In the Night Farm…Your Ride is Here.

Thawing the Fish

It’s a good thing the good trails aren’t closer.  If they were, I’d be tempted to haul Acey out there every day, and that would be a very bad idea.  She has too much to learn at home.

For example, as recently as last week, riding her was like sitting astride a large slab of halibut, straight from the deep-freeze.  She was Stiff.  As.  A.  Board.  When asked to circle, she’d respond immediately, but would attempt to shuffle around the curve without flexing her spine — even her neck. 

This is obviously uncomfortable to ride (and no doubt, to be ridden).  Worse, it isn’t safe.  If I tried taking the Halibut Horse through some of the areas Consolation and I have been exploring, without the ability to twist around like a live fish, we’d be in trouble.  And a single-rein-stop?  Not gonna happen.  Put simply:   If she doesn’t bend, we could both  break.

Besides standard greenness (Is that a word?), I think part of Acey’s trouble is that she’s much smaller relative to her rider than are most horses.  I’m still learning to adjust my balance to her, and she’s justifiably nervous about letting her body move freely under a load.  We’d worked through this last fall, but her long winter off renewed the problem. 

There’s nothing worth doing about a problem except fixing it.  So, while Acey and I are often stuck with short rides in the round corral, we’ve been attempting to thaw the fish.

Step one is to get her in the habit of moving forward with energy.  She does this fine on the trail, but is less inclined to do so in an enclosed (boring?) space.  She responds well to a dressage whip, though, and seems to prefer it to leg cues.  (No, I don’t plan to carry a crop with her forever, but this is a fine place to start.)  Once we’re crusing along, it’s easier to move her through the requisite circles, reverses, figure-eights, and cloverleafs, always releasing pressure the moment I get a hint of bend.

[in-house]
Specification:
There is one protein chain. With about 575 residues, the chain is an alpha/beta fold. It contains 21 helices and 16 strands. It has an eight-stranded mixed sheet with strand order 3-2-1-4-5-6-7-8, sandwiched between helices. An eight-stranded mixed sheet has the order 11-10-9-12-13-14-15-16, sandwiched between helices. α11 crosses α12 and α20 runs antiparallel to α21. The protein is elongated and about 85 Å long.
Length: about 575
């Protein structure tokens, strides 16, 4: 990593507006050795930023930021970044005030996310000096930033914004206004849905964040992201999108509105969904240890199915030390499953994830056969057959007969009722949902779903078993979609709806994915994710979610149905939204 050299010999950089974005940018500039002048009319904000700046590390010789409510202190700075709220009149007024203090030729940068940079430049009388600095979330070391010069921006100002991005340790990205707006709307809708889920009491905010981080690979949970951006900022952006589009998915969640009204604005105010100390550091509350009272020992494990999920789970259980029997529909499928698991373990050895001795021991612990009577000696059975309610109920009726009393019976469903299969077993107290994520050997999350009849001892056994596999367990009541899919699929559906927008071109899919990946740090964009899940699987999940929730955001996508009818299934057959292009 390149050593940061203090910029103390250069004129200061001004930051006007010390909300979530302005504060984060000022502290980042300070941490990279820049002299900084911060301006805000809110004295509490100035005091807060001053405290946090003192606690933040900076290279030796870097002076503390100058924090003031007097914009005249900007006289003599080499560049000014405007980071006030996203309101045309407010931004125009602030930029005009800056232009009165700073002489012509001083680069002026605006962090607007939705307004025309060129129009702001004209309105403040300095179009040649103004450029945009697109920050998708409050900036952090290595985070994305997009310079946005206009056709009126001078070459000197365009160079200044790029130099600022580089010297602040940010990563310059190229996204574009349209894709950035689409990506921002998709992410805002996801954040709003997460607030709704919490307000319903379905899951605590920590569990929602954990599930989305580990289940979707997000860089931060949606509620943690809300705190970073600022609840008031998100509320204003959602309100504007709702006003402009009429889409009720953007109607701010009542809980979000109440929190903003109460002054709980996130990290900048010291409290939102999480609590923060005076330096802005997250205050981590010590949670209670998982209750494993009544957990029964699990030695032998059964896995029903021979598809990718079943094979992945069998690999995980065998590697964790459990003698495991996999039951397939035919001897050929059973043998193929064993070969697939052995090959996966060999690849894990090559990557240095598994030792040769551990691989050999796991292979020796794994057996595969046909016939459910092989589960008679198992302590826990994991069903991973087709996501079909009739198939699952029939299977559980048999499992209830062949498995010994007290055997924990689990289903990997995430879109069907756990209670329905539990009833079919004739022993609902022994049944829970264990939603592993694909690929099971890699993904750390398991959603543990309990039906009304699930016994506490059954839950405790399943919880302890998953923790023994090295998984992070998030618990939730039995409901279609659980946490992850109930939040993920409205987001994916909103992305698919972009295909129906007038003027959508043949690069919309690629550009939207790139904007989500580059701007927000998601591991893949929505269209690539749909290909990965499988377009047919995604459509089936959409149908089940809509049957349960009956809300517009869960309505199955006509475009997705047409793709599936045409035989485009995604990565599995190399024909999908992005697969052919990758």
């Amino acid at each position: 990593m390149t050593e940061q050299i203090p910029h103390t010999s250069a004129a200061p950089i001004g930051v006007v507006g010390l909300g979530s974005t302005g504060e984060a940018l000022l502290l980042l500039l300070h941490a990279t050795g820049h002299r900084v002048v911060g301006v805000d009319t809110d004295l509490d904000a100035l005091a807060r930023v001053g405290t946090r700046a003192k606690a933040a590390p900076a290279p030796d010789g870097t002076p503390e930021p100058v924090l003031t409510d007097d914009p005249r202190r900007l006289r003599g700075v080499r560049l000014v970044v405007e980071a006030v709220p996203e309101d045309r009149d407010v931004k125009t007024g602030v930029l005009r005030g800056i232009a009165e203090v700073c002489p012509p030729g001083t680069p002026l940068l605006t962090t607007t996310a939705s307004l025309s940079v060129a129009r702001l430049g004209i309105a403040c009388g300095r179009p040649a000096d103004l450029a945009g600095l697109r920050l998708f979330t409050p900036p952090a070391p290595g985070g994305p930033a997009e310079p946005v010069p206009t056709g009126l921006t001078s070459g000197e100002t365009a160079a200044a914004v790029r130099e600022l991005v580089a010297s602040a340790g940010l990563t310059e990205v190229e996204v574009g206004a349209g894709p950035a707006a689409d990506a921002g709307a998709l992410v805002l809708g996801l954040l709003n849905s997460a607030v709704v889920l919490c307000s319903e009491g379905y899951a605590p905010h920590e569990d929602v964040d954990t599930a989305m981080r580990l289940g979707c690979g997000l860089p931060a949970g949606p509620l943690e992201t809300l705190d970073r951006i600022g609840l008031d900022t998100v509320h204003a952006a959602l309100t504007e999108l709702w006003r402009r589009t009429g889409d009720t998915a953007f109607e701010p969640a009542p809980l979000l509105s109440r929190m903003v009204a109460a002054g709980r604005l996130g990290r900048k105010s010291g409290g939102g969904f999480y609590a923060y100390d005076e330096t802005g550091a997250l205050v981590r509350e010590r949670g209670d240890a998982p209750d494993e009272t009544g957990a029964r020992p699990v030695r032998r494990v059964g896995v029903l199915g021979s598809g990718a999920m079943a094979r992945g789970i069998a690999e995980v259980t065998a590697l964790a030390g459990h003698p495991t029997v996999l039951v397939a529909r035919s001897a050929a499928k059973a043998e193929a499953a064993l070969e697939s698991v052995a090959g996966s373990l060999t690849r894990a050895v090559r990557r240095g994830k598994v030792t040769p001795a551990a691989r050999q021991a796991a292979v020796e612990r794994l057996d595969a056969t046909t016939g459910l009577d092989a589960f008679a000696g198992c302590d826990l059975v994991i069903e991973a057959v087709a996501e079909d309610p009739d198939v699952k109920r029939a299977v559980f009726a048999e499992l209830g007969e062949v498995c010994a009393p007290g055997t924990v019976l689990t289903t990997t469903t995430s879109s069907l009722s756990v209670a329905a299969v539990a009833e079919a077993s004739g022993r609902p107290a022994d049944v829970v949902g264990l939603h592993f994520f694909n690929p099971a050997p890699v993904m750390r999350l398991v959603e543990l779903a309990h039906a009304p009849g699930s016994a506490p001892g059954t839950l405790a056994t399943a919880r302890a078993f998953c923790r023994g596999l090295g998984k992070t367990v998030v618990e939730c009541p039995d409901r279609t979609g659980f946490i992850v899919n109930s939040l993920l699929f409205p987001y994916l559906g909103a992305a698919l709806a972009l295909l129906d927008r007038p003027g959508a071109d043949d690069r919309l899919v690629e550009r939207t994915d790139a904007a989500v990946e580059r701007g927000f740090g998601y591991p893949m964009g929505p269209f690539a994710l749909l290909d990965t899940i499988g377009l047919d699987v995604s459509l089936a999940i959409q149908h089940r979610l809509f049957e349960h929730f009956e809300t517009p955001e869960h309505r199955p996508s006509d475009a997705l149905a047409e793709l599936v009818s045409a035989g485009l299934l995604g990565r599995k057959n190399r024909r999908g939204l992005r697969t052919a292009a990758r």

We also make some sharp turns into the fence, a move that requires her to disengage her hindquarters and flip her body around.  This is SRS practice; it also gets her thinking and engages her back.

At a halt, we do some rein gives (neck only, Acey, neck only), backing, and pivots on the hind- and forehand.  She doesn’t really enjoy this stuff, so we accomplish the minimum and move on.   I don’t believe in aggrivating my horses unnecessarily.

Then, there’s the fun part:  pole patterns.  Acey is a smart little fish, and gets bored with ring work easily.  To keep her entertained — while still thawing her spine and building her confidence beneath a rider — I make little mazes out of ground poles.  Some patterns include chutes and tight corners; others, like yesterday’s, are more  geometric:

We weave among the poles from all different directions, sometimes stepping over them but usually snaking a path between.  Sometimes, we stop and perform a haunches-over to make it around a very tight turn.  The idea is to keep her listening, rather than anticipating, and bending, bending, bending.

It’s working.  She’s learning that it’s safe and easy to yield to rein and leg, and has even begun reponding to the turn of my head and shifting of my seat.  Today, though, I think we’ll take a break and do our bending on the trail.